It is at this point where it’s necessary to zoom into The University’s specific case, and see what historical imbalances might need to be addressed. Naomi aptly pointed out that “Durham is seen as a place where students pass through, so [they] aren’t really involved in these types of things[ …] advocating for change”. With a potential lack of connection to the city of Durham, Naomi believes that students may unknowingly uphold harmful legacies. Indeed, Naomi undertook a personal project in which she looked at the historical influences behind Durham University’s logo, and its link to the Christian Union. She notes that historical imbalances which prioritise a Western-centric perspective on authority can still be unconsciously reinforced. Claire notes how The University’s aims to “internationalise the curricula of Durham University degrees with a view to increasing the employability of Durham students around the world” is wonderful, but must be actualised through The University’s efforts; putting schemes in place such as Decolonising The Curriculum helps to do just that.

During the course of the interview Hoh Shan offered that “I am a product of colonialism”. He shared his experience living in Malaysia “with a British colonial economy” where the achievements and prosperity of the UK was pedestaled. Indeed Claire shares that “I am also a product of colonialism”. She describes being born in Botswana and moving to South Africa for many years, later seeing her mother’s side of the family settling in Australia, and having her father’s side of the family be Dutch. Claire shares that “I acknowledge that I definitely benefited from it [colonialism] and I’m aware I have a lot of privilege now as a consequence of it”.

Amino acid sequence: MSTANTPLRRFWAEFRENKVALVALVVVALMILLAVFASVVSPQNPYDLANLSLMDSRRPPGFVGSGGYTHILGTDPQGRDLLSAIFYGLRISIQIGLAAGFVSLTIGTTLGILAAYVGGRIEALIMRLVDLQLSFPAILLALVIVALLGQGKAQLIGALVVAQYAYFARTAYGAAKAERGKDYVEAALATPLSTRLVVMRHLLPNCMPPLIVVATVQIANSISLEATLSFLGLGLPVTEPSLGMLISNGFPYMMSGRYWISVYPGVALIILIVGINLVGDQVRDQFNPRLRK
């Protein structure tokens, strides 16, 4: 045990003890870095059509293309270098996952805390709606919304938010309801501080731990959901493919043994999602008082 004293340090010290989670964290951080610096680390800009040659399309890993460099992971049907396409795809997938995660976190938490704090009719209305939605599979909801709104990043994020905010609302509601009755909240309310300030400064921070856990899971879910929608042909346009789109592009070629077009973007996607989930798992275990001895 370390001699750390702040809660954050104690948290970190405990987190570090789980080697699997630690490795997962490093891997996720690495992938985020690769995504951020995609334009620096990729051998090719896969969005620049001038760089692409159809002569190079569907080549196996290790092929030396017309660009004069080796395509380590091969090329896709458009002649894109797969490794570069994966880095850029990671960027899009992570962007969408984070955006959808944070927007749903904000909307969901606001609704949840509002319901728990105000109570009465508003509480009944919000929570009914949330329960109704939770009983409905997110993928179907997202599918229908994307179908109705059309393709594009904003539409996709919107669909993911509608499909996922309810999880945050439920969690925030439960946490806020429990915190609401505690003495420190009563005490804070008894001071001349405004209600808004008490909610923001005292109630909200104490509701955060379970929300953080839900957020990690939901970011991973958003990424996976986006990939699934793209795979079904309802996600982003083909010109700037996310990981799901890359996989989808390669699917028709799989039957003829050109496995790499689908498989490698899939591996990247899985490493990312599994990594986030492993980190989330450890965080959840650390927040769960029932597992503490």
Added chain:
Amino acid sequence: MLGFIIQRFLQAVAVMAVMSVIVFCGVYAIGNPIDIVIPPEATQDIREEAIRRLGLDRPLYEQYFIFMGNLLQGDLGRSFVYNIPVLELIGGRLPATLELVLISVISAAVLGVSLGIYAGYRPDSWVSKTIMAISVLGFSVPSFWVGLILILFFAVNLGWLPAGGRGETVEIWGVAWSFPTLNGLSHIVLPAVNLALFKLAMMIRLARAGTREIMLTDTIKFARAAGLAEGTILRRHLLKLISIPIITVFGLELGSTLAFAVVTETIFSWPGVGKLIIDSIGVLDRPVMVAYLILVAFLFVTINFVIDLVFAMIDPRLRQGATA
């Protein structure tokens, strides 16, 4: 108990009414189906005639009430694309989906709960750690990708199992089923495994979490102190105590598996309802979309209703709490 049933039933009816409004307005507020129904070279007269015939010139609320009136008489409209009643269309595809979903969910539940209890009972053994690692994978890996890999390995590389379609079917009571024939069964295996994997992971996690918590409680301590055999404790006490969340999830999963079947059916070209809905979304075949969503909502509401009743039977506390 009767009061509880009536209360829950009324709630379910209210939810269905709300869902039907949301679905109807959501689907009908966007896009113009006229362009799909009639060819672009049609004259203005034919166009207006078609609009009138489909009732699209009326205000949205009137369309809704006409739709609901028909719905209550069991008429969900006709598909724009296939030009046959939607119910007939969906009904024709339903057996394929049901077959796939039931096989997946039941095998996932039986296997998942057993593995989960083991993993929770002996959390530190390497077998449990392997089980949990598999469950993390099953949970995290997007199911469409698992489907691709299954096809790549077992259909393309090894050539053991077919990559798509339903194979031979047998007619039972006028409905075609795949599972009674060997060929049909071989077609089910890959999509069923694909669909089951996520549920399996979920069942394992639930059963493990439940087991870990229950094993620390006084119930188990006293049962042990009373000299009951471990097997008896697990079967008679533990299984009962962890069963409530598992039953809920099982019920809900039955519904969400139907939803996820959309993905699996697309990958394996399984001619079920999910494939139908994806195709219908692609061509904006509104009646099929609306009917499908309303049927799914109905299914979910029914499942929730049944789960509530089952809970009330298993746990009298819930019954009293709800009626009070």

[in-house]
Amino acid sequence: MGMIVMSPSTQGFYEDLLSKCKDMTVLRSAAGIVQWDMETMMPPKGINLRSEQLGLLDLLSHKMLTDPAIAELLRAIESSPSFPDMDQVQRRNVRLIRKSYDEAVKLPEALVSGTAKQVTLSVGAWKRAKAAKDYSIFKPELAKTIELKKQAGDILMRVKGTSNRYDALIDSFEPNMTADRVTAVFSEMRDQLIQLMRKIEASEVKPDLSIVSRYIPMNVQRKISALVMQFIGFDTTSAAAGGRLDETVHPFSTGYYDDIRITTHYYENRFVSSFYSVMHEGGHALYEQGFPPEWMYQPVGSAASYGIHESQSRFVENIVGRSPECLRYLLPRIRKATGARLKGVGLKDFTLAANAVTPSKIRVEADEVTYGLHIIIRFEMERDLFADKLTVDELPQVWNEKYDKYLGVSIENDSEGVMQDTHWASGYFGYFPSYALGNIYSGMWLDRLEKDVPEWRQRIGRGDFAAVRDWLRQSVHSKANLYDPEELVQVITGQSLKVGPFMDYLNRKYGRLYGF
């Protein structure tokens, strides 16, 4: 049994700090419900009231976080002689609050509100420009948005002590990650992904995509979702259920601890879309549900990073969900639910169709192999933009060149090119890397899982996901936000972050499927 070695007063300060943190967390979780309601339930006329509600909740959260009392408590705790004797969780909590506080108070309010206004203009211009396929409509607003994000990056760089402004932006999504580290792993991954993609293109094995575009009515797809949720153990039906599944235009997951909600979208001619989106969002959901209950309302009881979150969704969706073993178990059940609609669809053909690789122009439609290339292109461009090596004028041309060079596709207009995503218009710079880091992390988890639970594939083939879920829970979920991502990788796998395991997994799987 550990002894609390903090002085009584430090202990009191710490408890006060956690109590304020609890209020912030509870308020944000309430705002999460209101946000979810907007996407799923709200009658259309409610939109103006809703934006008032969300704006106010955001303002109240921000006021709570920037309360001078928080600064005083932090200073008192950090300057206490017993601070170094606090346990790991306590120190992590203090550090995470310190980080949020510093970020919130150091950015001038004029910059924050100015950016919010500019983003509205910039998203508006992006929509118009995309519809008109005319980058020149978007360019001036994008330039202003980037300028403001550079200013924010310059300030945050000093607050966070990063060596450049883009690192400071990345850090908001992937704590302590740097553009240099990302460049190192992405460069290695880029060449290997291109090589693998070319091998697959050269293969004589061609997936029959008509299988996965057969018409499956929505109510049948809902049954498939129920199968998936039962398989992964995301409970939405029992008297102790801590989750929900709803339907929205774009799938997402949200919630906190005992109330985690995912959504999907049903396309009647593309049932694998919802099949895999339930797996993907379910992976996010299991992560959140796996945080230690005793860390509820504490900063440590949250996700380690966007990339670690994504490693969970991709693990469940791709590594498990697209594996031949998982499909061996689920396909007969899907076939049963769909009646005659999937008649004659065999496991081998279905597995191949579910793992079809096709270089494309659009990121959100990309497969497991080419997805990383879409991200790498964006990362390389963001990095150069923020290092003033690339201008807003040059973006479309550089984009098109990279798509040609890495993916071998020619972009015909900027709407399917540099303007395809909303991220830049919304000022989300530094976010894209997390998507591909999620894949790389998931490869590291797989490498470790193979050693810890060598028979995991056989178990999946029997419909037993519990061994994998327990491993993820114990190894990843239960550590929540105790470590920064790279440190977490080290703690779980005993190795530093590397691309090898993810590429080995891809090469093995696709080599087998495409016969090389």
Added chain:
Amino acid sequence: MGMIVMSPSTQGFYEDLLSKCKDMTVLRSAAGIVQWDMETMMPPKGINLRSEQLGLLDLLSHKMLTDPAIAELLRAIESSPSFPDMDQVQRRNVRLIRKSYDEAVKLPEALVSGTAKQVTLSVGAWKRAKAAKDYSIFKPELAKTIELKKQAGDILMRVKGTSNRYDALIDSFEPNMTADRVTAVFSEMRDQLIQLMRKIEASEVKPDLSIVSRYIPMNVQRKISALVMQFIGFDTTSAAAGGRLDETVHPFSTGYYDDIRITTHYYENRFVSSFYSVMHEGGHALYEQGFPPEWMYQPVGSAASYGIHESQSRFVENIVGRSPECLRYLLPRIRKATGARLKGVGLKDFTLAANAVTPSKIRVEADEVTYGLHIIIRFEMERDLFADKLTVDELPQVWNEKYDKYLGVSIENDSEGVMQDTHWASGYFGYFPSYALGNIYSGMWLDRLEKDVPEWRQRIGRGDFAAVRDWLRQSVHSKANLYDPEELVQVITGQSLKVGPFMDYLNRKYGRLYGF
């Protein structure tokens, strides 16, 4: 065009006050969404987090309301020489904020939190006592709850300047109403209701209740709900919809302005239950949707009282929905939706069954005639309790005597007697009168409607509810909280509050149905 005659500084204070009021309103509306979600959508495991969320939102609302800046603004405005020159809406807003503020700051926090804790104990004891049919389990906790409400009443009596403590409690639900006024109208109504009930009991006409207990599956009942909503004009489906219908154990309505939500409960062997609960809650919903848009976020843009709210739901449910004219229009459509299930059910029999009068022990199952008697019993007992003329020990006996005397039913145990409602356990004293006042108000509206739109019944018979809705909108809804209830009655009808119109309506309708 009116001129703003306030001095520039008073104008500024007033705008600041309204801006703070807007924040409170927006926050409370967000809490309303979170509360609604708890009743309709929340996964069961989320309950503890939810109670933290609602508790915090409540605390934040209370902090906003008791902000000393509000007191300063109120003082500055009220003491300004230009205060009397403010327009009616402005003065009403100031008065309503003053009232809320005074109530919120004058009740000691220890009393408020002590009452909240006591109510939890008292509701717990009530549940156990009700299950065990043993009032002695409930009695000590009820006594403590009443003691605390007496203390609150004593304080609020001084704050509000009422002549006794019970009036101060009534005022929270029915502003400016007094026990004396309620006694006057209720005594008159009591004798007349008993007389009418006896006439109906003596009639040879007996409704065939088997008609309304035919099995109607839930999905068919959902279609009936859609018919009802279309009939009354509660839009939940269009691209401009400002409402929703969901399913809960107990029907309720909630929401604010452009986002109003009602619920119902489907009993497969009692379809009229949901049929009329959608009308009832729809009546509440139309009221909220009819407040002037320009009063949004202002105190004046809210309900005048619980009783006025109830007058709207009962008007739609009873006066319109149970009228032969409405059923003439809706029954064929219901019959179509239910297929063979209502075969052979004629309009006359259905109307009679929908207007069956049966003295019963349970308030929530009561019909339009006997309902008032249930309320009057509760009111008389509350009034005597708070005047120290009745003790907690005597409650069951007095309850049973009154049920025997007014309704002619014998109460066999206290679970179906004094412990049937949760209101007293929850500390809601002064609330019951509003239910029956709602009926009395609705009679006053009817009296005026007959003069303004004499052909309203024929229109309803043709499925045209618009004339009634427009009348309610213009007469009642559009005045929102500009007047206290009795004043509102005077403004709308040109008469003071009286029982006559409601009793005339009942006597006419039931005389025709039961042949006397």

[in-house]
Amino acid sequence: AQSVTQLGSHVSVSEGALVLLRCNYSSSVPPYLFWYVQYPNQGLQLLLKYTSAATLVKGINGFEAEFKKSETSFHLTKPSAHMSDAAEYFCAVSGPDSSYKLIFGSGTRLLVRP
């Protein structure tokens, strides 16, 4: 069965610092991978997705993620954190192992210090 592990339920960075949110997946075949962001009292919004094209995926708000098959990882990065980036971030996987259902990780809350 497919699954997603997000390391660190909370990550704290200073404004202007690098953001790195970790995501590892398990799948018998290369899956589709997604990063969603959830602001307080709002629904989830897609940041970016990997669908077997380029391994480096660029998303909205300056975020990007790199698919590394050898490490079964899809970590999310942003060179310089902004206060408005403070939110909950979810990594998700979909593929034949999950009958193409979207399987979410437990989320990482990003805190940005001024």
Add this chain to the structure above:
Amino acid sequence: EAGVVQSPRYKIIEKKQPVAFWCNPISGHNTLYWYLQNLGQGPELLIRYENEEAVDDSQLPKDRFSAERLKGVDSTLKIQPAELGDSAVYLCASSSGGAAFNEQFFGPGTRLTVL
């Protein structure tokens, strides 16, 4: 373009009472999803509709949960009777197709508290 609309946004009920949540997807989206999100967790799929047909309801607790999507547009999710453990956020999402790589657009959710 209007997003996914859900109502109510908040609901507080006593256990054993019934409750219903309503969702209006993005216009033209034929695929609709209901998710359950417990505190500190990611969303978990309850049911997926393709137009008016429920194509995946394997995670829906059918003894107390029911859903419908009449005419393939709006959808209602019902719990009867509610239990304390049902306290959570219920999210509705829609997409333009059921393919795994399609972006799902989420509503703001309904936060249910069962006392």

The impacts of colonialism are around us in more ways than one. Although colonisation has historically taken on the form of powerful Western empires making their way through the world to exploit different nations of its people and resources, the impact which that leaves behind in the 21st century can look vastly different. If we ask ourselves key questions such as why are certain modules compulsory? Why do we have to study specific thought leaders? And more generally where does our curriculum come from? The answers we find may not be as straightforward, fair or balanced as one might initially think. These are facets to be learned from, and it is admirable to see how Durham University paves the way for such work. The faculty interns wanted to share their thoughts on Decolonising The Curriculum and demystify the process, which I’d hope has been achieved. 

More resources can be found on the Student Union’s Decolonisation Hub